Behavioural Science is a rapidly expanding field and everyday new research is being developed in academia, tested and implemented by practitioners in financial organisation, development agencies, government ‘nudge’ units and more. This interview is part of a series interviewing prominent people in the field. And in today's interview the answers are provided by Joris Fonteijn. Joris is Chief Behavioral Officer at Crobox. He specializes in behavioral change, his knowledge and skills focusing on developing effective communication signs for changing behavior, to advertising, change management and consultancy. He is passionate about visual communications and technology that support our daily lives, making life just a little bit easier. Take it away Joris!
Who or what got you into behavioural science? As a child I've been raised with parental guidelines like: 'Do unto others as you would have them do unto you'. This (most likely) paved the way for me developing introspective and empathetic skills. Resulting in an innate drive in trying to understand why I did what I did (but also understand why others might've done what they've done). Fast forward, I ended up deciding to follow my father's footsteps and study Psychology. Although he ended up becoming a Clinical Psychologist and I was more interested in understanding group behavior (Social Psychology). It's the simple but elegant experiments that peak my interest, like: if 5 people are looking up to the sky, others around them are more likely to look up as well (because something interesting needs to be seen there, right?!).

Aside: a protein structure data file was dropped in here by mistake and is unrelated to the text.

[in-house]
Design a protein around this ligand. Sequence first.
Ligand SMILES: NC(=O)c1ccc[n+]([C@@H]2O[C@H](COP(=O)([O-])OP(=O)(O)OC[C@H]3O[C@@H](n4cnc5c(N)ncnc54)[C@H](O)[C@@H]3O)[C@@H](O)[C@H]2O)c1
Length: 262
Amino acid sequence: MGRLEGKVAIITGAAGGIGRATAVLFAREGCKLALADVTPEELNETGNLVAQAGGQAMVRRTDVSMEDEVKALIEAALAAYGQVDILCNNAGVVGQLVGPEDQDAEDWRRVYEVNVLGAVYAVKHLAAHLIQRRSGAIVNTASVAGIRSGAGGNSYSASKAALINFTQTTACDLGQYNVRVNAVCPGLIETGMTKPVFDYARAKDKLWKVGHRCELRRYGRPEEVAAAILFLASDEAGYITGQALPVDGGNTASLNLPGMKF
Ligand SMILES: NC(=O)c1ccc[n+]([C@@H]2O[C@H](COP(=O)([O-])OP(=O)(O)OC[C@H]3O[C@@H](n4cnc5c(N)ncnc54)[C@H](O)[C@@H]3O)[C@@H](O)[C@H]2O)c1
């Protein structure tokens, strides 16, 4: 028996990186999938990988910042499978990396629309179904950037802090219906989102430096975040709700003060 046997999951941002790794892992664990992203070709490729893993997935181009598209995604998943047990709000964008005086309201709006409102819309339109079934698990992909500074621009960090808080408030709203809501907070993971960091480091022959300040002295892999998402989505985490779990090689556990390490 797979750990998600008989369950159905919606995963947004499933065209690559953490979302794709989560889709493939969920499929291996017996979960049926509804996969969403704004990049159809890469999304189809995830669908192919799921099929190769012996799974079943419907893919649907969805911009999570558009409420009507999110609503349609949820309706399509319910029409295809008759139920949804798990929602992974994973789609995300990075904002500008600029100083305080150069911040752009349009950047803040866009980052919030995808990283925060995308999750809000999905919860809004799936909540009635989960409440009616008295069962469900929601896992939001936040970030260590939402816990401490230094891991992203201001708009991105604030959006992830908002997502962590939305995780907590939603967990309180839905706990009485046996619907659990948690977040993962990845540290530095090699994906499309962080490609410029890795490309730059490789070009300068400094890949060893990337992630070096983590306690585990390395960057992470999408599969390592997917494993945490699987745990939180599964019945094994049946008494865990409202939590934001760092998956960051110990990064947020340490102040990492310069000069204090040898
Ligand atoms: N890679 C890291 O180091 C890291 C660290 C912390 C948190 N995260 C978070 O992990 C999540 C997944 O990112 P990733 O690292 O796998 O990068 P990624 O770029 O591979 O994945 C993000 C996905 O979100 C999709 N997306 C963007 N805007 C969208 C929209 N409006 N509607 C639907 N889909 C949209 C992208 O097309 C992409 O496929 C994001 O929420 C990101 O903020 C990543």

Looking back I can now see that specific choices set the base for being where I am professionally. Choosing to study Psychology, following a course called 'Social Influence' (by Anthony Pratkanis at UCSC) deciding to choose cognitive master 'Health and Social Psychology' (instead of 'Neuropsychology' also at Maastricht University). Working for three years as a behavior change consultant, working for one year as a strategist for an ad agency, one year as a persuasion analyst at a web design company and now working for Crobox as Chief Behavioral Officer (where we combine consumer behavior and machine learning algorithms to 'discover the why behind the buy'). Clearly the red thread is behavior change.